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Deposits

11th May 2022

By Ben Walker

Deposits

Whether you’re buying a house, renting, buying expensive items or setting up a bank account, deposits are an important part of all of these processes. So this guide is going to run through things to know for bank deposits, and deposits for when you’re looking for a house. If you don’t have a deposit, check out my video on budgeting.

Bank deposits

Simply put, a deposit in this sense is money that you pay into a banking institution. When you do this, you are essentially agreeing for the banking institution to use your money to make loans. They then repay you your money with interest on top. The banking institutions make money by charging more interest on the loans they give than they pay back to you.

House deposits

When it comes to deposits for houses, there are a few different types. The type of deposit that you’ll need depends on a few factors. But, the main factor is whether you are buying or renting the property.

Buying the property

If you are trying to buy the property, then a deposit is simply a large sum of money. This sum is used to reduce the amount you need to borrow to buy the property. This would mean that the lender is risking less money, and so you are less risky. How much you need to save for your deposit depends on how much the property costs. Normally however, you will need at least 5% of the property’s value as a deposit. But, the more money you have to put towards a deposit, the more likely you are to be approved for a mortgage. Additionally, if you have a larger deposit, you are more likely to be offered more favourable terms on your mortgage deal.

If you are struggling to save enough money for a large deposit, there are schemes available that could help you get a larger deposit. These schemes could be either government backed or not government backed.

Government backed Help to Buy

The government backed scheme is intended to help first time buyers purchase a new build property. So long as you can provide at least a 5% deposit towards buying the property, you could be able to borrow up to 20% to increase the size of the deposit. However, in London you could borrow up to 40%. For more information go to the government help section.

Non-government backed help to buy

This scheme differs in that instead of being exclusively for new build homes, you can purchase older homes. This massively opens up the market for first time buyers. Additionally, so long as you provide a 5% deposit towards the house, you would be able to borrow 25% from the scheme. This would give you a total deposit of 30%, which can massively improve your chances of getting a mortgage offer, as well as being offered better terms.

Bank of mum and dad

Gifted deposits from close family are normally accepted by most lenders. This normally includes parents, grandparents and siblings.If you are lucky enough to have a close relative who will give you the deposit, it could really help you get further up the property ladder. Note, however, it must be a gift rather than a loan.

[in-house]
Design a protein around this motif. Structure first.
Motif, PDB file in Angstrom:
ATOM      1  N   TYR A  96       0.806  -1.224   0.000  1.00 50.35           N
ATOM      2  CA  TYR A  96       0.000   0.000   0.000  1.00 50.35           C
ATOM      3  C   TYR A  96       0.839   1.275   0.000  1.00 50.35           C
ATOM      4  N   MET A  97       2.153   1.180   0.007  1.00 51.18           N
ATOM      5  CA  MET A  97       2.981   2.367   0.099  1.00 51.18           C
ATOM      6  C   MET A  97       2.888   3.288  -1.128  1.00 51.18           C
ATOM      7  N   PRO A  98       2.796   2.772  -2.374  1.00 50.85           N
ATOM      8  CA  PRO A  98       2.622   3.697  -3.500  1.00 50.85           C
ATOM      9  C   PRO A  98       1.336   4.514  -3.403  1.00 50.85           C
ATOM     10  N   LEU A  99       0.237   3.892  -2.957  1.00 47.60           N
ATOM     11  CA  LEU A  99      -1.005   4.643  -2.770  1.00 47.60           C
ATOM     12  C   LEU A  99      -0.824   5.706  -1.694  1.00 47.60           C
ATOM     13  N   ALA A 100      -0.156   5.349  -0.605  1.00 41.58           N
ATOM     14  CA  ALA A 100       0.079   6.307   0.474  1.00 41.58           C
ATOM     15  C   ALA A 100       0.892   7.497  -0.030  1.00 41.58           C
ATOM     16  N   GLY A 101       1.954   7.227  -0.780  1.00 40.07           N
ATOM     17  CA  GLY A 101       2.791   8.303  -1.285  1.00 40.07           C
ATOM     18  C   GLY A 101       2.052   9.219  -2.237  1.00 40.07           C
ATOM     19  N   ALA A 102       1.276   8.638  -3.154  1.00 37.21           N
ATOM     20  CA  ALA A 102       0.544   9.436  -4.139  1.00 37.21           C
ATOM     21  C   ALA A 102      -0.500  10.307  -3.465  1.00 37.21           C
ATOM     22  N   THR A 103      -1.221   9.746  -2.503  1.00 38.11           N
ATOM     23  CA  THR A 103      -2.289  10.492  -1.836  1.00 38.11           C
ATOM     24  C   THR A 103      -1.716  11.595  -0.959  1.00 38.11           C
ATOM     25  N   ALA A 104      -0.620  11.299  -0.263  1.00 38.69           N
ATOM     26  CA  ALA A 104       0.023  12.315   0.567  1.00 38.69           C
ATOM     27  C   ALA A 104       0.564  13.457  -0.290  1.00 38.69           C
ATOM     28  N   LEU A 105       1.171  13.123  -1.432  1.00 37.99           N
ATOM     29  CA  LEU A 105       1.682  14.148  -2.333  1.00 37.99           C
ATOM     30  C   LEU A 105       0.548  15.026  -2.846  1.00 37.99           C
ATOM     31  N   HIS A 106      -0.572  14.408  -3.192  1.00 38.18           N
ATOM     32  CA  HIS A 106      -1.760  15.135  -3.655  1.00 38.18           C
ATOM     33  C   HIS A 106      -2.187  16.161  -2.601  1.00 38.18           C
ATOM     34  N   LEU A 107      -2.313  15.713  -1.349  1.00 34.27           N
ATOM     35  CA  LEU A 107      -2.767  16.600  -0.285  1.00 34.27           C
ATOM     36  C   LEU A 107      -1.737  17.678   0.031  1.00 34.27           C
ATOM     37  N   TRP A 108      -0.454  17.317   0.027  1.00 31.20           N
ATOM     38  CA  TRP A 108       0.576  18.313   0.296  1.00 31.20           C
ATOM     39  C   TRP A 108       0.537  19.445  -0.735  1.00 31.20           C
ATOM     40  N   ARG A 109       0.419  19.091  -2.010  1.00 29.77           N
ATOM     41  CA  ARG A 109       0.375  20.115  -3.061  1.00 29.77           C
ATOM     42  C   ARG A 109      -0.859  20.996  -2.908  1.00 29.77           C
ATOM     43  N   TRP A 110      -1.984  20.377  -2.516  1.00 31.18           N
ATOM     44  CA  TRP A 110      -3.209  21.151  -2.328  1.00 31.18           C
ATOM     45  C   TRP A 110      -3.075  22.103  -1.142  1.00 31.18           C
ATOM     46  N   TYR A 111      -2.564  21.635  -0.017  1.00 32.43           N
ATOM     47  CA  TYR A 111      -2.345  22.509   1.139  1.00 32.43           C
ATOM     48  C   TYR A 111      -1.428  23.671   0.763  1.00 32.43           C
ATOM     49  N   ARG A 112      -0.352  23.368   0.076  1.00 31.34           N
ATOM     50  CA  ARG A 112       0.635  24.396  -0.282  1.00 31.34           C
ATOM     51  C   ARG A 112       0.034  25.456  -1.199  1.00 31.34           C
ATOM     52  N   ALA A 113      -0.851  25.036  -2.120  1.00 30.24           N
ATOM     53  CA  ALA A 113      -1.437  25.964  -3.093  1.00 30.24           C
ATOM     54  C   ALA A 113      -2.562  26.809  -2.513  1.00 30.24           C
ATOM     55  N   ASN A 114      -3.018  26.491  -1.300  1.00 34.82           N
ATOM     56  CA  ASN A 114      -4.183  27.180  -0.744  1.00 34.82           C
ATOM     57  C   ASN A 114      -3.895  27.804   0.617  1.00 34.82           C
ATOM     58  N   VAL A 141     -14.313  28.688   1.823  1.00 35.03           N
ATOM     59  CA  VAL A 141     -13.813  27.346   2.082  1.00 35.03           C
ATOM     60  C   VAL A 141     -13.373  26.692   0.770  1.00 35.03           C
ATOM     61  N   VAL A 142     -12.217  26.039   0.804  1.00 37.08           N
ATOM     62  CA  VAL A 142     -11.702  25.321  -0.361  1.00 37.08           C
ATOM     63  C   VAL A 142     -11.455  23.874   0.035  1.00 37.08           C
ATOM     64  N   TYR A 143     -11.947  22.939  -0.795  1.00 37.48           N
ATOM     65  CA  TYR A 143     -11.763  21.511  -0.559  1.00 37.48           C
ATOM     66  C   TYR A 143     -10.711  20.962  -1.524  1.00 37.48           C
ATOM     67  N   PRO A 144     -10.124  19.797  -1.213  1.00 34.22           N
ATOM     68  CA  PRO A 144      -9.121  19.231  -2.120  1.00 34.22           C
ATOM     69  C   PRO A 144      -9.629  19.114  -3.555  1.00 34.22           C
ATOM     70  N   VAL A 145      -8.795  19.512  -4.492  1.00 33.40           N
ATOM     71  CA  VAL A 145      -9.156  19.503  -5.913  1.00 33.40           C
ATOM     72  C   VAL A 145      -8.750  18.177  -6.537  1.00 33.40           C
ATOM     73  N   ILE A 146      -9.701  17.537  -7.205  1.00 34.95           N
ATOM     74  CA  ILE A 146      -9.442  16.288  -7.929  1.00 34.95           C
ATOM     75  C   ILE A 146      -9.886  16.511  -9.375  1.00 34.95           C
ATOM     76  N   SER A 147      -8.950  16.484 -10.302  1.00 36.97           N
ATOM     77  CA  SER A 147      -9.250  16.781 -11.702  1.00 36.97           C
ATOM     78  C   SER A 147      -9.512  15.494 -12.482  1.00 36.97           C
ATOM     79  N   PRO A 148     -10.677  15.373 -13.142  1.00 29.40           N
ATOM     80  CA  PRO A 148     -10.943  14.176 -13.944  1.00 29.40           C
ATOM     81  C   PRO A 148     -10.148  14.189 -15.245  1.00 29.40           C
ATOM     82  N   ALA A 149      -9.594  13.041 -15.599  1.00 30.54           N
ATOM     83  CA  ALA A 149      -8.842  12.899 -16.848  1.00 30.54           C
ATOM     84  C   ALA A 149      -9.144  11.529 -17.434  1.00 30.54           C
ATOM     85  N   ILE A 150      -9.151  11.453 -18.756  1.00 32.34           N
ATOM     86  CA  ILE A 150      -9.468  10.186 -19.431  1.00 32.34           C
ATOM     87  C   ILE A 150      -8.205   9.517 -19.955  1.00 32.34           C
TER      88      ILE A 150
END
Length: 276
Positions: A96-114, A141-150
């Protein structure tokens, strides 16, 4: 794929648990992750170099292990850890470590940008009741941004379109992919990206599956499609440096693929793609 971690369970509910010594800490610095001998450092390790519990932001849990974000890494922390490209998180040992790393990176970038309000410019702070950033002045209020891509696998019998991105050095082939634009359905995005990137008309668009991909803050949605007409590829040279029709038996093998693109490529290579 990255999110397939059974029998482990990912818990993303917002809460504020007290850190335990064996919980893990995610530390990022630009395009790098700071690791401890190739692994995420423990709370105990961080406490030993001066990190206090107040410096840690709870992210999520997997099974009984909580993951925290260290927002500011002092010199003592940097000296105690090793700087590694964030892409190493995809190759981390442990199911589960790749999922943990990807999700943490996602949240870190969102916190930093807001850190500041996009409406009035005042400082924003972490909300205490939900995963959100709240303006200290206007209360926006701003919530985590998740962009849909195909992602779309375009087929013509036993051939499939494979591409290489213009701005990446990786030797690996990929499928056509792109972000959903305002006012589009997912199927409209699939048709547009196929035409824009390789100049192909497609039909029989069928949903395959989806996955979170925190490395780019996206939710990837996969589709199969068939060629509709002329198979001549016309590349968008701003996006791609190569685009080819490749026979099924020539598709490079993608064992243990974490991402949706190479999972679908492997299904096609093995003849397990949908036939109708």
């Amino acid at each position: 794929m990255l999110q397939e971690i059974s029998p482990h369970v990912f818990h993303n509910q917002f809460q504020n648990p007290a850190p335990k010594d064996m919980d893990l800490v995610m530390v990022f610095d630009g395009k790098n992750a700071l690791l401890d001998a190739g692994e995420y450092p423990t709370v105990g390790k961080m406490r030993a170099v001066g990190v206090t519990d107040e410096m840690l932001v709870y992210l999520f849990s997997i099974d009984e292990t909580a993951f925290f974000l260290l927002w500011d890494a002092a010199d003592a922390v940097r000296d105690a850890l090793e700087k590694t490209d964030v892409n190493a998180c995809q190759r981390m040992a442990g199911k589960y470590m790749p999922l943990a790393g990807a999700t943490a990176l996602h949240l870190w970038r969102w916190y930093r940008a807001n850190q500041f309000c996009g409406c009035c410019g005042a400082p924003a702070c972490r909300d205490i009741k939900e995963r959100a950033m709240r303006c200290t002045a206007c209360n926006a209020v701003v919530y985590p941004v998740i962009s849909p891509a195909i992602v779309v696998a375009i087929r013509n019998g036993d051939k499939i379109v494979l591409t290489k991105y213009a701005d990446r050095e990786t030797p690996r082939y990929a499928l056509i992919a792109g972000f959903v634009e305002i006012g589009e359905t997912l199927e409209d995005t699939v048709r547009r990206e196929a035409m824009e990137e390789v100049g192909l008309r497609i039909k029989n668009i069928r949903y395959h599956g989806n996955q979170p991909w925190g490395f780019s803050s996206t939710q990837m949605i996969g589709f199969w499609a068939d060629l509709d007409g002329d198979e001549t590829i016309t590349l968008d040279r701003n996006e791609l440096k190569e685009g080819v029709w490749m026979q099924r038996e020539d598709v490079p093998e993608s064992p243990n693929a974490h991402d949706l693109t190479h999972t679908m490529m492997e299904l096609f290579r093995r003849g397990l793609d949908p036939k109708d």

Renting

There are a few different types of deposits involved when you’re renting a property. The best known of these are security deposits. This is a lump sum paid to the landlord, normally between 4 to 6 weeks rent, in case of damages to the property or unpaid rent. It depends on your tenancy agreement, but if you damage the property or the landlord’s furniture, then they will use the security deposit to fix the damage. If you get to the end of your tenancy agreement and your landlord hasn’t used your security deposit, it should be repaid to you. In some cases, your landlord will have to place your security deposit in an accredited tenancy deposit scheme, and give you information about the scheme.

Sometimes you may also have to pay a holding deposit. This is more common in bigger cities such as London. When you pay a holding deposit, you are confirming your interest and your intention to rent the property. The landlord should then stop showing the property to other prospective tenants. When you move into the property you should get your deposit back. However, if you back out of renting the property, you will struggle to get it back in most situations. Check out my video on renting property.

Buying expensive items

Much like a holding deposit, when buying an expensive item such as a car you may pay a deposit to confirm your interest. In this scenario the seller should not be offering the item to other potential buyers. However, if you were to back out of the purchase, the chances are you’re not going to get your money back. So, as with all big purchases, make sure you’re 100% willing to go ahead with the purchase.

Deposits are an important part of modern day life. Whether you’re buying a house or opening a bank account, you’ll be needing to pay deposits. An important thing to remember is that when you pay a deposit, there is a chance that you may not see that money again. You must make sure you are sure about the purchase before you commit, and the person you are paying the deposit to is reliable, or you could end up losing money.


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